My pastor sometimes brings his dog with him during Confession hours on Saturdays in the church. Father’s joke never gets old, either… “The dog’s under the seal!” For those who aren’t familiar, “the seal” is the seal of Confession, whereby a priest is obliged by the severest possible consequences to keep private those things which he hears confessed by the penitent. Naturally, a dog repeating the sins of a penitent is an impossibility, but it’s still funny to hear him say it. It’s one of the endearing things about our pastor.
When the dog is there, it’s excited to see each new penitent (or I assume so since it’s always excited to see me!). It wags its tail vigorously and does all the things friendly dogs do, you know? It’s well-behaved, so it never jumps on me or anything like that, but it sure seems pumped. Inevitably, Father calls the obedient dog to his side and it lays down next to him. It almost appear as if it’s listening, with its brows moving and ears perking as I speak. The dog doesn’t judge or condemn. It doesn’t get sad or angry. The dog doesn’t lash out at me. It silently allows the confession of my sins to fall upon it and then, guess what? It’s over. Father gives me my penance and absolution, and the dog wants to say goodbye as I leave.
Am I really sharing a post on prevenient grace and… Netflix? You betcha. Indulge me.
When a friend suggested a few days ago that he planned to begin a 33 Days to Morning Glory trek toward renewing his consecration to Mary this Aug. 15, the Solemnity of the Assumption of Mary, I told him I would do the same. Having done it using that method, as well as according to the traditional method given by St. Louis de Montfort, I opted for a third way in hopes of discovering some fresh insights. That method is
The author of Totus Tuus is Father Nathan Cromly. He’s something of a “rockstar” among my wife and her friends, as well as several other folks I know. According to my wife, he gives amazing retreats. She should know. She’s been on two in consecutive years. I hope she goes on more. Shoot… I think we all should go on more retreats, especially ones led by the Holy Spirit and great priests. That’s a bit of an aside, but the point remains that Father Nathan blazes a trail in the Church today, and when I recalled he put together a book on Marian consecration, I figured it would be very good.
Two days into the path to consecration, and the lessons blow me away. That’s no easy feat, mind you. With a Master’s degree in theology, a catechetical diploma endorsed by the Vatican, 15 years of experience teaching religion, and theological study as a hobby of choice, exposure to something entirely new to me is rare. Oh, how I love it when I am, though! It reminds me of those heady days in my 20s, when I felt like I was learning something new about God, His Church, and myself in relation to these things everyday.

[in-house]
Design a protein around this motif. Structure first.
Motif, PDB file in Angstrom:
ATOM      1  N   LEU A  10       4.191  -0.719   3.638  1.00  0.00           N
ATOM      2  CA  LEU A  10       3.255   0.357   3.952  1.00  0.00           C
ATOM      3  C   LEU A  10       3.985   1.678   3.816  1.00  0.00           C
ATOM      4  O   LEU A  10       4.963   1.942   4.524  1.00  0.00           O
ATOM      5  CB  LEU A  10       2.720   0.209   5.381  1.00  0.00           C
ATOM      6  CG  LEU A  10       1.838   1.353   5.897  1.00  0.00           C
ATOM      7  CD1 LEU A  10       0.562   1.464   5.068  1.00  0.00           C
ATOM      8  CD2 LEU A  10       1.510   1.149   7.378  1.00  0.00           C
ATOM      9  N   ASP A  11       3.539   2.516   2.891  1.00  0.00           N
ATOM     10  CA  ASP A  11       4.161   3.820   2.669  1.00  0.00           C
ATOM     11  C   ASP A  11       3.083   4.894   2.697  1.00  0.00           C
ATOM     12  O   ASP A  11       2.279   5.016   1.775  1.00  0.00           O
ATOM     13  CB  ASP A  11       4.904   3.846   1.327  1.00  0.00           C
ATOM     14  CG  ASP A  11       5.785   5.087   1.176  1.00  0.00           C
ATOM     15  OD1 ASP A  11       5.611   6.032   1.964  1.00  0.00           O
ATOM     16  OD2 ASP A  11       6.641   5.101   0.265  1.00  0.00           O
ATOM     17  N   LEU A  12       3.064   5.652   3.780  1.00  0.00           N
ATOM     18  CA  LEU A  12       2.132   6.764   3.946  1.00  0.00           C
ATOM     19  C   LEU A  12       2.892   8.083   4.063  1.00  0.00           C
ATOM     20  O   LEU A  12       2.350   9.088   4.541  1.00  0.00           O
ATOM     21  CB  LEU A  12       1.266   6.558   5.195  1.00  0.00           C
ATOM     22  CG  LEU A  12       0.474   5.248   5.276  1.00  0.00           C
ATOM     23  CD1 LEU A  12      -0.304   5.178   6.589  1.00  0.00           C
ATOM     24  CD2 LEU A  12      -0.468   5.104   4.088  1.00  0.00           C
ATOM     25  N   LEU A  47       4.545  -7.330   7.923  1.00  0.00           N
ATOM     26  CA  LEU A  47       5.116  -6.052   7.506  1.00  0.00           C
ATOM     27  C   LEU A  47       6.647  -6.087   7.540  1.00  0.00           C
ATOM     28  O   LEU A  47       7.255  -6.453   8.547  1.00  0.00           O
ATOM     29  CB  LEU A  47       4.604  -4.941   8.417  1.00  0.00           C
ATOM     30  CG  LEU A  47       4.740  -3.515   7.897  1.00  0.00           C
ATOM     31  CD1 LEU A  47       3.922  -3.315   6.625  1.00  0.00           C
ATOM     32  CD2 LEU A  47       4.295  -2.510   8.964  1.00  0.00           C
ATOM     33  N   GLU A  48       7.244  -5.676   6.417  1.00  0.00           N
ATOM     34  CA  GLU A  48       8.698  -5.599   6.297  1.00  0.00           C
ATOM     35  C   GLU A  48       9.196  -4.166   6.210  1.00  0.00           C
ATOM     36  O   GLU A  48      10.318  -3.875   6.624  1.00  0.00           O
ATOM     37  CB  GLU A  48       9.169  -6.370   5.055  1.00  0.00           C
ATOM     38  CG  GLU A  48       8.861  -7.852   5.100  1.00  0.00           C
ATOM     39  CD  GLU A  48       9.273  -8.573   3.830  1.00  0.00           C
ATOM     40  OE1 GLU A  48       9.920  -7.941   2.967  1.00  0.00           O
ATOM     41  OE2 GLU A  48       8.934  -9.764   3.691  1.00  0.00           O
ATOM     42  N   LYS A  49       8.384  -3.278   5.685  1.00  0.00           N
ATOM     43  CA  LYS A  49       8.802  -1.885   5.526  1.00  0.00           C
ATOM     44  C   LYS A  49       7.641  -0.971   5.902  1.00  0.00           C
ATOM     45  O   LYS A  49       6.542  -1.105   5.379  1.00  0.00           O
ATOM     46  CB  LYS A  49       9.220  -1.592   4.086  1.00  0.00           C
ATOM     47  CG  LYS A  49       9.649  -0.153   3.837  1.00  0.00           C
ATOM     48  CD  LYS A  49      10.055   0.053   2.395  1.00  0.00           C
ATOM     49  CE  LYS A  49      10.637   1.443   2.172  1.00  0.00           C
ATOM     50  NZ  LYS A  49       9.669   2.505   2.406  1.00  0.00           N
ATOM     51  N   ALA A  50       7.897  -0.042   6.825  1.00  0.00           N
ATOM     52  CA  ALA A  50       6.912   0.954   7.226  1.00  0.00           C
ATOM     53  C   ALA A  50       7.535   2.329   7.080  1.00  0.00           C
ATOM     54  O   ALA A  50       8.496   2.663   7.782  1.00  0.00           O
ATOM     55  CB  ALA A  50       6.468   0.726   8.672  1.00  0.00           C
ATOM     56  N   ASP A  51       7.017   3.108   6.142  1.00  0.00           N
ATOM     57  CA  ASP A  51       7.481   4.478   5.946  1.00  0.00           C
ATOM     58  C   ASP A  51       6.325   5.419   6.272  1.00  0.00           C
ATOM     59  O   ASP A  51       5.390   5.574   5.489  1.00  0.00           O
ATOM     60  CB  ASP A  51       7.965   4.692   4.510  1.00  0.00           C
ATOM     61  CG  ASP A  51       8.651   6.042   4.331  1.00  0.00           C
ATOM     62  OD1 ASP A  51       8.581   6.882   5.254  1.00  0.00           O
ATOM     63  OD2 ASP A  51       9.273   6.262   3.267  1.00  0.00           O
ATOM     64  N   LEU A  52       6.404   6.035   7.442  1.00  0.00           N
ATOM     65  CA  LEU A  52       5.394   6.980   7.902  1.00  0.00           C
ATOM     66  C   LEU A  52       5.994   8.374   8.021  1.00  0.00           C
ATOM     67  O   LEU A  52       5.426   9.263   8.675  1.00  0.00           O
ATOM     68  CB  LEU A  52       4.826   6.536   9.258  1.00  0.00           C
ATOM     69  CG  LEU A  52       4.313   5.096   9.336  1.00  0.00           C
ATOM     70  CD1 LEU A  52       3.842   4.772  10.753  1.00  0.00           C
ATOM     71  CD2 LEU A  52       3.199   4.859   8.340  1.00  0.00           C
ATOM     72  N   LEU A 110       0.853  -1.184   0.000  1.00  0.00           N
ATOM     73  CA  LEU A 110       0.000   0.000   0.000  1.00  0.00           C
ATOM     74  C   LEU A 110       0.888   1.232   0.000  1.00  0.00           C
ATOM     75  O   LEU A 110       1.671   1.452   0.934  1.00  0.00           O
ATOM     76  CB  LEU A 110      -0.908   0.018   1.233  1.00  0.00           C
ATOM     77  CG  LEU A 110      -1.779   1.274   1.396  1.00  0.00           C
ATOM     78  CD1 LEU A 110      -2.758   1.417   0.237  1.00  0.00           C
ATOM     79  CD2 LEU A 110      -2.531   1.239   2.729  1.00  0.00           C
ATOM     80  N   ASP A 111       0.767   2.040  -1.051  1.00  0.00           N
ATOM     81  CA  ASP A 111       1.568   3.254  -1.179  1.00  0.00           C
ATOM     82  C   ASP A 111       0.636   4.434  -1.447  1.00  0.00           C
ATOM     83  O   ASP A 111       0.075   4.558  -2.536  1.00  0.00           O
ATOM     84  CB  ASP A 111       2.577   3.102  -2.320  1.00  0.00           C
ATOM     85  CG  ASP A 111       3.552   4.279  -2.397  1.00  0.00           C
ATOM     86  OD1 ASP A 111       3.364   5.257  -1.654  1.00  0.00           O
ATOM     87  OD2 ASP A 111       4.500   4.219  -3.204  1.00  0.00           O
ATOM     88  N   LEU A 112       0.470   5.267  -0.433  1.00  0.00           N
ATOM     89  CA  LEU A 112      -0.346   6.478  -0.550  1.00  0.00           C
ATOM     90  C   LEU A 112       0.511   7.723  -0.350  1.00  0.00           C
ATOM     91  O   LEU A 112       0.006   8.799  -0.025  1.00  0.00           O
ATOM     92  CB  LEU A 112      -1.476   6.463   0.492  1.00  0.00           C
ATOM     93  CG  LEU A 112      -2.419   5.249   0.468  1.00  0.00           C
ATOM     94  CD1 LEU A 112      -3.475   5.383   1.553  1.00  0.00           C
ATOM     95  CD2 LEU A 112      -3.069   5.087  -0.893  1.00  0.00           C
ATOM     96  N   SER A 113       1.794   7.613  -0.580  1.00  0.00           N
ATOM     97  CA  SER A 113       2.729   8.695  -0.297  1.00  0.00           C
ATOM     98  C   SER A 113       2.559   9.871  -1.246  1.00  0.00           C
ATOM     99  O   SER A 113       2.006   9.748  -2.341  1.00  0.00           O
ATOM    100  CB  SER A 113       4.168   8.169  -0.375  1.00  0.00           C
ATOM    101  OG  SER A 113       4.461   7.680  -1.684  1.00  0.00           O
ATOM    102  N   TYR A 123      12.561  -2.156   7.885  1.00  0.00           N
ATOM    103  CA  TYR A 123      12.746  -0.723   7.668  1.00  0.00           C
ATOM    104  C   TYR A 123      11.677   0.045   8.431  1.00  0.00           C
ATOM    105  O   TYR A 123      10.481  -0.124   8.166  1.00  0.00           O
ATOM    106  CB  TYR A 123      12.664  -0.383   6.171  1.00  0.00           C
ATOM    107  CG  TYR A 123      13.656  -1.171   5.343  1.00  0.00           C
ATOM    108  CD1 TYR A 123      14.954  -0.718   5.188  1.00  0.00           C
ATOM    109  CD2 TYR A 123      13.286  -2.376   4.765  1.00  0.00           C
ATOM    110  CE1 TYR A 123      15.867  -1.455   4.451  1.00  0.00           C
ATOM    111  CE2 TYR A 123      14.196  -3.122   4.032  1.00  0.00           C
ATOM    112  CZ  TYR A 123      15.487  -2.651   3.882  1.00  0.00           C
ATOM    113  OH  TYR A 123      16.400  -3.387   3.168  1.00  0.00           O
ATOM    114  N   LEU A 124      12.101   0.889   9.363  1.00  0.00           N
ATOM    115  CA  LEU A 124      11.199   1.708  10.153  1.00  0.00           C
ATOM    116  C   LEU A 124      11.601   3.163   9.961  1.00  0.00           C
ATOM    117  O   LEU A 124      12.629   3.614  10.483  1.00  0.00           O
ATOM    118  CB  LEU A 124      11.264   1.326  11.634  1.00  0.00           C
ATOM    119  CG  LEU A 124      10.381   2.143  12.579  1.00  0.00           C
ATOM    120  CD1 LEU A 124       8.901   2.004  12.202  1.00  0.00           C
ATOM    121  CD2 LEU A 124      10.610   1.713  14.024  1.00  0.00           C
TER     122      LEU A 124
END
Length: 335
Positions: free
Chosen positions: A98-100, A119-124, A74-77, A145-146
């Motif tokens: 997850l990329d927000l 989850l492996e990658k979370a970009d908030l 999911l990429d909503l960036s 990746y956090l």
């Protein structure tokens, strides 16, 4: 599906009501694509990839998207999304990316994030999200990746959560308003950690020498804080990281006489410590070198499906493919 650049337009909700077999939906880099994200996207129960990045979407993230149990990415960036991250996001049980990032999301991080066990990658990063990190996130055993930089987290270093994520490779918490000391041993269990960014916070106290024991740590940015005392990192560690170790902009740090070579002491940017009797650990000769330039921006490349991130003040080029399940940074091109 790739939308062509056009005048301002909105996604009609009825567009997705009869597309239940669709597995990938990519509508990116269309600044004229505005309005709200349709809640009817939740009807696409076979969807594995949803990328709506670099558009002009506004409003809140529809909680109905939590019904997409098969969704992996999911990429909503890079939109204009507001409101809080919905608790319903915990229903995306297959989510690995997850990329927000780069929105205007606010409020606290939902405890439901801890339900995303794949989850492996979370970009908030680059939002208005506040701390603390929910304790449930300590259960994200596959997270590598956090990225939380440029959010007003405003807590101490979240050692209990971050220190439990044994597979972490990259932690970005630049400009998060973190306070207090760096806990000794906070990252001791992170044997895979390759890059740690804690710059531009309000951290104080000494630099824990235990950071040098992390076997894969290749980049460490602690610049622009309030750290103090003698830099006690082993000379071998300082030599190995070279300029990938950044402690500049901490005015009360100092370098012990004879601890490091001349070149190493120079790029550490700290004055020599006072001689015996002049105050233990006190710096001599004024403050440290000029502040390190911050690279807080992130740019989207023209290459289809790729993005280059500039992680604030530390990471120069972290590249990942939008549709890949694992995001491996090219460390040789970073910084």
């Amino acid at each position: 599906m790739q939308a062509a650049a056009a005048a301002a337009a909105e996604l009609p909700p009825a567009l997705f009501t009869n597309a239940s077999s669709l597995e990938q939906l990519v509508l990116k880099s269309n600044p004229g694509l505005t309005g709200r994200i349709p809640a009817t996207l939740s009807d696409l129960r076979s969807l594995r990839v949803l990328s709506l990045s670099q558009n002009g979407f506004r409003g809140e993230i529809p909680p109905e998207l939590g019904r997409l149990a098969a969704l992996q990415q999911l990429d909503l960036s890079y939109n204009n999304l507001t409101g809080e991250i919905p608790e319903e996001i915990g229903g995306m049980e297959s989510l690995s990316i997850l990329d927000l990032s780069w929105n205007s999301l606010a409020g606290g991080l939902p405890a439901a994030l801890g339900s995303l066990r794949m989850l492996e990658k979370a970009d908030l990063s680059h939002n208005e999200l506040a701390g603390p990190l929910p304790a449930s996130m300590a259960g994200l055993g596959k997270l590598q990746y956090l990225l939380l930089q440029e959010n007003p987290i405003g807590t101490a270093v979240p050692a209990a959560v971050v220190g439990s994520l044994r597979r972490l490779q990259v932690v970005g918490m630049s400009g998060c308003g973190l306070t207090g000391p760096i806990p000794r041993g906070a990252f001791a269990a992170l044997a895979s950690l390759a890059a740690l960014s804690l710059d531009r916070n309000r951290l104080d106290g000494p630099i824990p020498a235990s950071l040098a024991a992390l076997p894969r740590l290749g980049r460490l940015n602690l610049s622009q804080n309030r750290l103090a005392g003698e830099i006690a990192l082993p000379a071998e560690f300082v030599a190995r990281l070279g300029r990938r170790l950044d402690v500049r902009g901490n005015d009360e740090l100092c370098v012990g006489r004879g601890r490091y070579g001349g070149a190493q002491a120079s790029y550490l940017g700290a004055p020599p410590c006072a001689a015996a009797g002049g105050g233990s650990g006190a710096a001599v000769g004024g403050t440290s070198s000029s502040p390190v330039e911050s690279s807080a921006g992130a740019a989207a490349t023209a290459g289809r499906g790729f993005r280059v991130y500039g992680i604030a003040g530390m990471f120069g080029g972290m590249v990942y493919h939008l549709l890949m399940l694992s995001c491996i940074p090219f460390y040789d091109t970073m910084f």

What blows me away? Prevenient grace. Stick with me. This is good stuff!
Our family lived in Europe from 2012-2015. We experienced some amazing things. One of those was to eat at a 3-star Michelin-rated restaurant set in a former castle. I fondly remember that meal for many reasons, not the least of which is that it was the first time the taste of food ever made me cry! I digress, but one of the things I remember most clearly was the service of one bite-sized sample after another.
The chef at that castle restaurant was so proud of his art, and rightly so. No doubt, he studied hard and honed his culinary gifts with years of experience before he produced such fine cuisine. Reaching that level, he desired to share his gifts. Not out of arrogance, but because gifts, by nature, are meant to be given – and received by others. Our expressions of joy at tasting each bite-sized sample became our gift to him.
Am I a world-class chef? No. I’m not sure I’m a world-class anything! I know this, though… I have studied hard and had experiences in my life that helped me earn a reputation for excellence, particularly in the fields of catechesis and theology. Students, parents, parishioners, and even priests come to me when they don’t know how to answer certain questions regarding the Catholic faith or related issues. It’s true. When I’m at a loss, I dig and dig until I find those answers. It’s my passion, just like our chef, and I need to share my gift with others.
With these things in mind, I offer just a bite-sized sample from my first booklet, Food For Thought: An Appetizer. Of all the questions in the booklet, this is the only personal one. I believe it’s a good insight into who I am, and I hope it will entice you to read the rest of the booklet and share it with your friends. It’s available for sale by using the links on the sidebar – or get it for free by signing up for my newsletter! Without further ado, I hope you enjoy what follows.
I’m old-fashioned. I like the idea of courtship, even with a modern twist or two, but something happened recently that made me think, “Forget courtship. Young people don’t even know how to date anymore!”
So what was it?
A teenage girl I know very well received a text from a boy the same age. It was the first time the boy ever contacted her. He asked her to be his girlfriend. Let’s break that down a bit…
- It was the first contact.
- He asked her to be his girlfriend.
- He did it via text. Let me repeat that one. He did it via text.
Lest you think I am too hard on the boy, I assure you I’m not. He gets a pass for two reasons. First, he’s a young man and likely prone to boneheaded decisions. Second, his actions are a function of the culture around him and how they do things today. That said, it caused me to reflect on how I can prepare my children appropriately.